First he paints on walls....

...Then Alexandre Orion uses a camera to bring his street images to life.

Matthew Vree, Special to The San Francisco Chronicle

Link to Original Article
Tuesday, March 14, 2006

Sao Paolo, Brazil -- At the dead end of a grimy street, Alexandre Orion crouches behind a row of overstuffed trash bins and quickly gathers his aerosol cans to begin painting. A horde of flies buzzes overhead as the midday sun slow roasts the rotting food and steaming garbage bags.
With short bursts of black spray paint, Orion stencils the figure of an eager dog peering up longingly at the garbage can's contents. He fills in the outline with white latex paint before adding another layer of black aerosol to define the dog's features.

Orion wants the piece to remain simple and understandable, as the painting is just the beginning of what will become his final work. He retreats a few yards, climbing over some brush and more garbage to get the best view of the painting. He then grabs his old Canon EOS Rebel and sets it up on a tripod, explaining that he only paints the stencil to later photograph it.

"There is so much graffiti out there," he says. "People walk by and don't even notice it. I am trying to show how people interact with it."

Orion, 27, has brought his distinctive blend of painting and photography to the United States for the first time for a solo exhibition at the 111 Minna Gallery. He had his first show outside of Brazil last fall, in Paris, and will travel to New York in June for an exhibition at the Foley Gallery in Chelsea.

The series of images that he is exhibiting, which he calls Metabiotics, began when he was still a visual arts student at university. His first piece was the stenciled figure of a boy pointing a gun at what looks to be a startled old man, a comment on the rampant violence in Sao Paulo.

After completing a few more images, Orion left his portfolio with a curator at the Pinacoteca, one of Sao Paulo's three big museums. The curator liked it, but was concerned whether Orion's technique would continue to produce compelling pieces. So Orion kept returning with new images -- of a family wearing gas masks, of a man staring back at the painted image of a scantily clad prostitute, of an old woman carrying grocery bags who appears to have enormous wings growing from her back. The curator had no choice but to give Orion his first show.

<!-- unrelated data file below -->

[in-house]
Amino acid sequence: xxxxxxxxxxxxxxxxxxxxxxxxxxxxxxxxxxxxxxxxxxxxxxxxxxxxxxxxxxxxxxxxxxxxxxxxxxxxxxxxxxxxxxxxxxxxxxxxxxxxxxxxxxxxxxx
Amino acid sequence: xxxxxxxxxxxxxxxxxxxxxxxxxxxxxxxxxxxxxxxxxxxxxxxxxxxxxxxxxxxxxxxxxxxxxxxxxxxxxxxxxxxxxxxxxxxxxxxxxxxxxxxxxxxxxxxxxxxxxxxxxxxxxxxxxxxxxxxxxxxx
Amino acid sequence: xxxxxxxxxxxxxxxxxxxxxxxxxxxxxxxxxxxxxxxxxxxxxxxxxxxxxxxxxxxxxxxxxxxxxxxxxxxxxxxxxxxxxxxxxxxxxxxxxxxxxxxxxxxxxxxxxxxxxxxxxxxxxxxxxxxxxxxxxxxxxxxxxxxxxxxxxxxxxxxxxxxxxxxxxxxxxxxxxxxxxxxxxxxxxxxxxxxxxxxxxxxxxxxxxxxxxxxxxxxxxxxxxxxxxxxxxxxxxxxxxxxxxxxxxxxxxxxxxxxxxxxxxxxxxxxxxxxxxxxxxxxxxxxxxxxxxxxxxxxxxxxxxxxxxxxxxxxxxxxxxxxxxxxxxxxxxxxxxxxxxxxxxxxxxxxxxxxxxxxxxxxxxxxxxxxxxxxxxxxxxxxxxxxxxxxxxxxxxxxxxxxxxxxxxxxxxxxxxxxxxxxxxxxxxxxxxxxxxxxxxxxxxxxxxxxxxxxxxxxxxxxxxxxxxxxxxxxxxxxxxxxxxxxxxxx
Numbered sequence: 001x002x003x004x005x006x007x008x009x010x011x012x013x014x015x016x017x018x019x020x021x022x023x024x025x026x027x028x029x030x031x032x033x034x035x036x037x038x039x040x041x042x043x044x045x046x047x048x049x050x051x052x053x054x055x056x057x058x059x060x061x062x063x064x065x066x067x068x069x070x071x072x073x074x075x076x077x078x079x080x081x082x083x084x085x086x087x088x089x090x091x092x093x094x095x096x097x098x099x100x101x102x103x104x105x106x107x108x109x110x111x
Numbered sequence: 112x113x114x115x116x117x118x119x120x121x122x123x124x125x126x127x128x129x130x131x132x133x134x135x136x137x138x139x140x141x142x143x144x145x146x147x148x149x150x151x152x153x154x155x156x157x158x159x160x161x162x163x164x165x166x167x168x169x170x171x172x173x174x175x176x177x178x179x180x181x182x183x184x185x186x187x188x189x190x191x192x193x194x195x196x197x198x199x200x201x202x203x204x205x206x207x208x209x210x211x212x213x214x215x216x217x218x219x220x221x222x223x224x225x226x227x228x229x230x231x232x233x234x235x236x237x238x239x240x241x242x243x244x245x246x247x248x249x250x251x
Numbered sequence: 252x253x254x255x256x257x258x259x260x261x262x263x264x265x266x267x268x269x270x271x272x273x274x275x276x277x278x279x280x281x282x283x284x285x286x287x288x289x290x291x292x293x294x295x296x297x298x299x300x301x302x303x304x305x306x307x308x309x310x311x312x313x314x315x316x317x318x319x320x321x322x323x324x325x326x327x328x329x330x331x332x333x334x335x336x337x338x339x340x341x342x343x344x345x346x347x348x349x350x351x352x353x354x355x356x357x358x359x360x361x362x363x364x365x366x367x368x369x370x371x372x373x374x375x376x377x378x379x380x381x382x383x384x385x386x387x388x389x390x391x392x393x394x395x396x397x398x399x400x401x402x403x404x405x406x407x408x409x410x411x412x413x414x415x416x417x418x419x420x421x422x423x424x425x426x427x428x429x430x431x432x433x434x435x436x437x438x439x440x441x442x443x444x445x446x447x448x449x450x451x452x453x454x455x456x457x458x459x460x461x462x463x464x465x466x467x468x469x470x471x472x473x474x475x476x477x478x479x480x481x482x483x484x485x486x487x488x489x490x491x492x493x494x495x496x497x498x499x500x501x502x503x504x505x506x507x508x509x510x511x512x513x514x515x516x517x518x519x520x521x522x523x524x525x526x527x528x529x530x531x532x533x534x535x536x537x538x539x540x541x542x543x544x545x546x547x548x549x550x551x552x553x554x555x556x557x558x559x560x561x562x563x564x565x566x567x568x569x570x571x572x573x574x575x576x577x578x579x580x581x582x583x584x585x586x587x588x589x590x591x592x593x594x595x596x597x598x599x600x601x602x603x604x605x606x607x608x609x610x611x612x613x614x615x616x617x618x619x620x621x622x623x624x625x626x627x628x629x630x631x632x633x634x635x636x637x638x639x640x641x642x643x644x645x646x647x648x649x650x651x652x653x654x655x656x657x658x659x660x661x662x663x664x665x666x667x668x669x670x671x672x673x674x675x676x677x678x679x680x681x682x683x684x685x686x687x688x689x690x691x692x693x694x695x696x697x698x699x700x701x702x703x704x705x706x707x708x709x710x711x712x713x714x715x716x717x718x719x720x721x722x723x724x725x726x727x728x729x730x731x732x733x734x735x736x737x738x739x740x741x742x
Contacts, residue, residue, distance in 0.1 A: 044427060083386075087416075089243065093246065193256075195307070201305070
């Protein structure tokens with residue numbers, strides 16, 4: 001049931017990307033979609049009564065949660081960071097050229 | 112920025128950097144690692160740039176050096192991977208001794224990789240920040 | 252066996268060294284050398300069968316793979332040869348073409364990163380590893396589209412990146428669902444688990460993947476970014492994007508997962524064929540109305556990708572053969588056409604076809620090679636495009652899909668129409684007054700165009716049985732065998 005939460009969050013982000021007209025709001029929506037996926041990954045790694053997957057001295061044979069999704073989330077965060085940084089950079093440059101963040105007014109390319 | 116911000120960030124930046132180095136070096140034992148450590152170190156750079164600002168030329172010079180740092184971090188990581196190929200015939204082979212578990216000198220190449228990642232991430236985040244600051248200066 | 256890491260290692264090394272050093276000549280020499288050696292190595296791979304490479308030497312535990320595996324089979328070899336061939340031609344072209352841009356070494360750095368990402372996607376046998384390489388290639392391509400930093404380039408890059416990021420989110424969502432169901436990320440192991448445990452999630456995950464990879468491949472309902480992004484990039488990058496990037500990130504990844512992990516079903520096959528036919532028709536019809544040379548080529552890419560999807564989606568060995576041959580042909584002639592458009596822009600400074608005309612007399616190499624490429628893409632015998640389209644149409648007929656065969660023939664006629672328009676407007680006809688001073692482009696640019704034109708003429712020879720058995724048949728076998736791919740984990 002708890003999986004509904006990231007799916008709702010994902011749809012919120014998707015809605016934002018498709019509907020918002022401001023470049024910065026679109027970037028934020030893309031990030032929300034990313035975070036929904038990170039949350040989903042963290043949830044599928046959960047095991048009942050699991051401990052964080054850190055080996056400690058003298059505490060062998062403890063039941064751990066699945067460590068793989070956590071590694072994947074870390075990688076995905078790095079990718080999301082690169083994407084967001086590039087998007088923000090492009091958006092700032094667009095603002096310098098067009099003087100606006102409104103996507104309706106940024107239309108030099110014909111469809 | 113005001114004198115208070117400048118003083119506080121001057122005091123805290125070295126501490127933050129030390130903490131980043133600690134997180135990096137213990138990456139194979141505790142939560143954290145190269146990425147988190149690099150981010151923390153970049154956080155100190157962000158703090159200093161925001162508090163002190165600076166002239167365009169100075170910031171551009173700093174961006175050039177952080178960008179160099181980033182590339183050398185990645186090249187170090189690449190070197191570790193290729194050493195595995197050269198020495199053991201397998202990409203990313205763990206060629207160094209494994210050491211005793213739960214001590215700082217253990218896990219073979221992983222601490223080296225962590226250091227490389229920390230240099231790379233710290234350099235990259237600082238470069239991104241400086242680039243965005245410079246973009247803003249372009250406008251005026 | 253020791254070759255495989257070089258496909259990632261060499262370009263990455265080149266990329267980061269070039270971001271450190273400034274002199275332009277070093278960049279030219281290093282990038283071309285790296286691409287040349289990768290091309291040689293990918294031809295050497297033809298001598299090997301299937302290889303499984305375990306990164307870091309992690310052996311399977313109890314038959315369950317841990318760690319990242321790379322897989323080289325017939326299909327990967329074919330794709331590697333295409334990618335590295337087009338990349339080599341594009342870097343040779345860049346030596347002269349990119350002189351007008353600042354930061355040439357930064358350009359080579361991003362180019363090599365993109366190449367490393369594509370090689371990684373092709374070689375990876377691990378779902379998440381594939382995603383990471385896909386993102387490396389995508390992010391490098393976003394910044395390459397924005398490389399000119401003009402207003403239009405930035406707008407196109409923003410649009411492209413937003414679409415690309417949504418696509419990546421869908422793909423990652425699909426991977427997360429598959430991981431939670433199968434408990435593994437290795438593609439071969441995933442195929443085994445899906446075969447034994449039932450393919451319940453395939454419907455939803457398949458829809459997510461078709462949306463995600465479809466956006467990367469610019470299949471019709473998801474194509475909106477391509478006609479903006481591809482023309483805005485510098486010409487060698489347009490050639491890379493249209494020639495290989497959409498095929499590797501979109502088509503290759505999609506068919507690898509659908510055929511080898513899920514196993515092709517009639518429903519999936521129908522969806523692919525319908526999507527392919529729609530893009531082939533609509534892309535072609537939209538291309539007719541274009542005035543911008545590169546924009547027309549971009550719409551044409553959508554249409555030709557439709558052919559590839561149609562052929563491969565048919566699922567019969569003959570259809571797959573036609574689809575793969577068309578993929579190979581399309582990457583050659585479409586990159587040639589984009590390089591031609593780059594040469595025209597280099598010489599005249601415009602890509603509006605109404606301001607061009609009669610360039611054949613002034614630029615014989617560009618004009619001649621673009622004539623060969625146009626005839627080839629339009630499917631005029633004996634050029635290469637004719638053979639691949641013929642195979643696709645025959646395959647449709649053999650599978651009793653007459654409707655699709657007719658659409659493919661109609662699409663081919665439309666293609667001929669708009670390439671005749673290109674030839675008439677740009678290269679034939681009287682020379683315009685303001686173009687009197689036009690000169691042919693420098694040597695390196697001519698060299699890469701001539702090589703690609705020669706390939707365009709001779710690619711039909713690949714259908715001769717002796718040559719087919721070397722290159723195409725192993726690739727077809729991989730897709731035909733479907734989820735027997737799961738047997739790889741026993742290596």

Back on the street, from his perch behind the trash bins, it is easy to see the image Orion is envisioning. The crowded shacks of a Brazilian favela, or shantytown, frame the scene. Along the street, with its front wheel missing and its body engulfed in rust, sits a Volkswagen Bug. Drying laundry hangs motionless on a clothesline.

The street is bustling with activity, but Orion is content to observe from behind the camera, waiting for the right person to enter his frame.

"I love the waiting," he says. "Waiting for that exact moment, it's the best part. For me, it is a very spiritual moment."

Orion's artistic life began when he started hand-painting T-shirts and selling them at fairs and open-air markets when he was 14. He soon moved into "traditional" spray-painting graffiti -- wild stylizations of his name and other cartoonish characters -- though he often found himself focusing more on social issues than other artists. Pretty soon he started thinking about the way the community interacts with graffiti, and playing with the visual conflict between the real and the unreal.

"It is so true and it is so false, that is the essential idea of my work," he says.

Orion has emerged out of the fertile graffiti art scene in Brazil, where a new generation of artists working on the streets is redefining the genre. Sao Paulo is so covered in graffiti it makes New York in the '80s seem as sterile as a hospital ward. There is barely a blank wall in the city. In the new book "Graffiti Brasil" (Thames & Hudson), Caleb Neelon writes that over the past decade "Sao Paulo has become the new shrine to graffiti."

Orion's work looks nothing like the American conception of graffiti art. There is no elaborate lettering or wild coloring. His signature is nowhere to be found. And his final piece is ultimately a large black and white photograph of the painting, as it exists within the natural environment, blown up to 4 by 6 feet.

As he waits near the trash bin, he watches as characters flow in and out of the camera frame. A garbage man arrives and dumps a fresh load of waste into the already-full can. Click. A group of kids kicking a soccer ball shuffle by. Click. An old woman delicately sifts through the rubbish. Click.

The woman notices neither Orion nor the painting, but as she extends her arm out over the trash bin, the entire scene suddenly takes on a new meaning. The dog appears to be begging for scraps from the old woman, who herself is rummaging through the scraps of a Brazilian slum. Click, click, click.

"I know what I think the final photograph will look like before I paint the stencil, but it always turns out better than I think," Orion says. "If this were staged and I was the director, I could never get it that good."

Metabiotics: Works by Alexandre Orion. Through March 31. 111 Minna Gallery, 111 Minna St., San Francisco. (415) 974-1719,